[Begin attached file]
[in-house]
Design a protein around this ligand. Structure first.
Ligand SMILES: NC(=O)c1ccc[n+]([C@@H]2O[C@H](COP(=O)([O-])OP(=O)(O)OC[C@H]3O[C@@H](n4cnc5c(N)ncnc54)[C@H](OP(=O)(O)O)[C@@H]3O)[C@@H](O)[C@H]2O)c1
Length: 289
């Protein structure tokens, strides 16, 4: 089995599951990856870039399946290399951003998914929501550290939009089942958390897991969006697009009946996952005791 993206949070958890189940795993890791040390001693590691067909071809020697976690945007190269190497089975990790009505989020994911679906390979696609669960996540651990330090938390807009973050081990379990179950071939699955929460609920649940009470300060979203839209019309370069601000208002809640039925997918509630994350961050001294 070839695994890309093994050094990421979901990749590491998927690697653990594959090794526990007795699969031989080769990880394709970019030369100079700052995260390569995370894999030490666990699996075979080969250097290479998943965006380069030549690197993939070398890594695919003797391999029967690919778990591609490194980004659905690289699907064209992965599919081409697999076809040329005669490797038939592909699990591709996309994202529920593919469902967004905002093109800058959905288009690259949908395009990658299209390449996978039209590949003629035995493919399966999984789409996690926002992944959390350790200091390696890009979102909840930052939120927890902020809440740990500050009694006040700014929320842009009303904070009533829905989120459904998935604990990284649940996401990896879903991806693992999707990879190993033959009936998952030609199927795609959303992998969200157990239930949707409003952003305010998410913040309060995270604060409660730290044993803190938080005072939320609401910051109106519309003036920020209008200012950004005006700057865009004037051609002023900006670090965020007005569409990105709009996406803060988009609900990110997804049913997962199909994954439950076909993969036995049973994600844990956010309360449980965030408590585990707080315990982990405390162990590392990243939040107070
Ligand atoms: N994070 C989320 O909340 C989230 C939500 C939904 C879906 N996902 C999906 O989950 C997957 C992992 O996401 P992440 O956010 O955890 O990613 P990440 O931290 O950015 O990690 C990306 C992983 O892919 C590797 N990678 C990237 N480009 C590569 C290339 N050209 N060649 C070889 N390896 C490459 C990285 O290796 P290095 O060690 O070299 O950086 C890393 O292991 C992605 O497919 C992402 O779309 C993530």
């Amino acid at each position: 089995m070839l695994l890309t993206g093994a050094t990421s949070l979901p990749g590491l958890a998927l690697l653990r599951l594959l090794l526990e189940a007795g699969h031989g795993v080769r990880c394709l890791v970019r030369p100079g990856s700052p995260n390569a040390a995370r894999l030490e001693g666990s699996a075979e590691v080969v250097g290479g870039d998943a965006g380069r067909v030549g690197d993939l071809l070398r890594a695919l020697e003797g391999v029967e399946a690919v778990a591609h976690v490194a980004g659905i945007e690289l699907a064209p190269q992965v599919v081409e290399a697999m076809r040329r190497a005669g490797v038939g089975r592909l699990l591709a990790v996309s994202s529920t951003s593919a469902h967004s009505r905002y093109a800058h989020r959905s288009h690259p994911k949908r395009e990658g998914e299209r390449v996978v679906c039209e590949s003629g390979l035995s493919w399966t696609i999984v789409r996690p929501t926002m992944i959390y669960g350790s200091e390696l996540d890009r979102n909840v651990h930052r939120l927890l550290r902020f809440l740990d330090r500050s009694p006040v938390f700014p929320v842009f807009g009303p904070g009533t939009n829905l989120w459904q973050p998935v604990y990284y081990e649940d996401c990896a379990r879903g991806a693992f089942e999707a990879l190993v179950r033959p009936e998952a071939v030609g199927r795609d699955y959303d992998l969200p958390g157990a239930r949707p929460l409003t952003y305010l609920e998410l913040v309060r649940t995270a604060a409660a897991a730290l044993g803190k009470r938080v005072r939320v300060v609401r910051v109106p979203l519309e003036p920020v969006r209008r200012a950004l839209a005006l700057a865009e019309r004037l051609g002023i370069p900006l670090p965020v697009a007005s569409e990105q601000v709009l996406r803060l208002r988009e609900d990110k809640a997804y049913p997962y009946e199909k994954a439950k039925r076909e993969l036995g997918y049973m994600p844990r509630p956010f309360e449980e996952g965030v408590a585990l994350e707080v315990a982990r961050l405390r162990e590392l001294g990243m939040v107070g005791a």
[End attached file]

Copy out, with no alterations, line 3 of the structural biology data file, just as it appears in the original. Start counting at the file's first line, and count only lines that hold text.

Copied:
Ligand SMILES: NC(=O)c1ccc[n+]([C@@H]2O[C@H](COP(=O)([O-])OP(=O)(O)OC[C@H]3O[C@@H](n4cnc5c(N)ncnc54)[C@H](OP(=O)(O)O)[C@@H]3O)[C@@H](O)[C@H]2O)c1